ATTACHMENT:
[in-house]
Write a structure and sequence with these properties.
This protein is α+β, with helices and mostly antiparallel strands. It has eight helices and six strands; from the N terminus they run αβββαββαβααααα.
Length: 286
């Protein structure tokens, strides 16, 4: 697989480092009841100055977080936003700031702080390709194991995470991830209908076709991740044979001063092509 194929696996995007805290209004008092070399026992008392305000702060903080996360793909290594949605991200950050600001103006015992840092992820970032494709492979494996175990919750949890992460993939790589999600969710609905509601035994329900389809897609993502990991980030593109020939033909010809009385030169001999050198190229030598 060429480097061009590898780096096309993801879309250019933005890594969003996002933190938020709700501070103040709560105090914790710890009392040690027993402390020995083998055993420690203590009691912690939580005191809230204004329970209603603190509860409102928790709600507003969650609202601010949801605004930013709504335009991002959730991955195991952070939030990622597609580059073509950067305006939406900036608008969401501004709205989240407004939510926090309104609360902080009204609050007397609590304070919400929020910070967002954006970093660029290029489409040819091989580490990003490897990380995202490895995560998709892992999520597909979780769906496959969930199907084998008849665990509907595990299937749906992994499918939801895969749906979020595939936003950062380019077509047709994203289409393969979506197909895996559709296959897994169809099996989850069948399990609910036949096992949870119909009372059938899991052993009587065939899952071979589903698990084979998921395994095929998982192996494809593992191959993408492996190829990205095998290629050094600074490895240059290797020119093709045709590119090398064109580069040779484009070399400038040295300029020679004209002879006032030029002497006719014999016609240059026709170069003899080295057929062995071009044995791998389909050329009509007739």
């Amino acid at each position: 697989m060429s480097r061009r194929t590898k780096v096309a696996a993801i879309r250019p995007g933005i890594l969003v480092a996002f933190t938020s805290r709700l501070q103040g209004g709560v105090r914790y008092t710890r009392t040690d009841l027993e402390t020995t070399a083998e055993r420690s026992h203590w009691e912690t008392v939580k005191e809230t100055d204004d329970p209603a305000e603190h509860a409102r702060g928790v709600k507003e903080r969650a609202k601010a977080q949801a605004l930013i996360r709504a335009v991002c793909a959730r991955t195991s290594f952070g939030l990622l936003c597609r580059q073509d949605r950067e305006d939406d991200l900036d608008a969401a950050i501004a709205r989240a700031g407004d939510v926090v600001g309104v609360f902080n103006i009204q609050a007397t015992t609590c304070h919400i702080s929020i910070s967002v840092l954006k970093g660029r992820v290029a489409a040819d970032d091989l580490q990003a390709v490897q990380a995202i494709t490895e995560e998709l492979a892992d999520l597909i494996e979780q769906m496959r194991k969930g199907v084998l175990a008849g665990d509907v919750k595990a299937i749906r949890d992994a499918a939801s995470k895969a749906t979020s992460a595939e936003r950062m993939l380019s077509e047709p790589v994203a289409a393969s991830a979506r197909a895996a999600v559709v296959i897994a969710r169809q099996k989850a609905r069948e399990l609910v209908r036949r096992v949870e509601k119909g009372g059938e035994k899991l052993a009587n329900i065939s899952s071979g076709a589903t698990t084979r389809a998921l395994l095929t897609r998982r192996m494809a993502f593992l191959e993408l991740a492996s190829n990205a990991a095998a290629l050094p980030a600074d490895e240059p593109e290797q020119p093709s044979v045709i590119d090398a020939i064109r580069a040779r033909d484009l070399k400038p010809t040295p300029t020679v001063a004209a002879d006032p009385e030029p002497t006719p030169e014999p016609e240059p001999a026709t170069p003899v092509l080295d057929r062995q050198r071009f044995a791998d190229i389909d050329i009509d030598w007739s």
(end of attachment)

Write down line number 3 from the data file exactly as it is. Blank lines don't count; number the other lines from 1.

This protein is α+β, with helices and mostly antiparallel strands. It has eight helices and six strands; from the N terminus they run αβββαββαβααααα.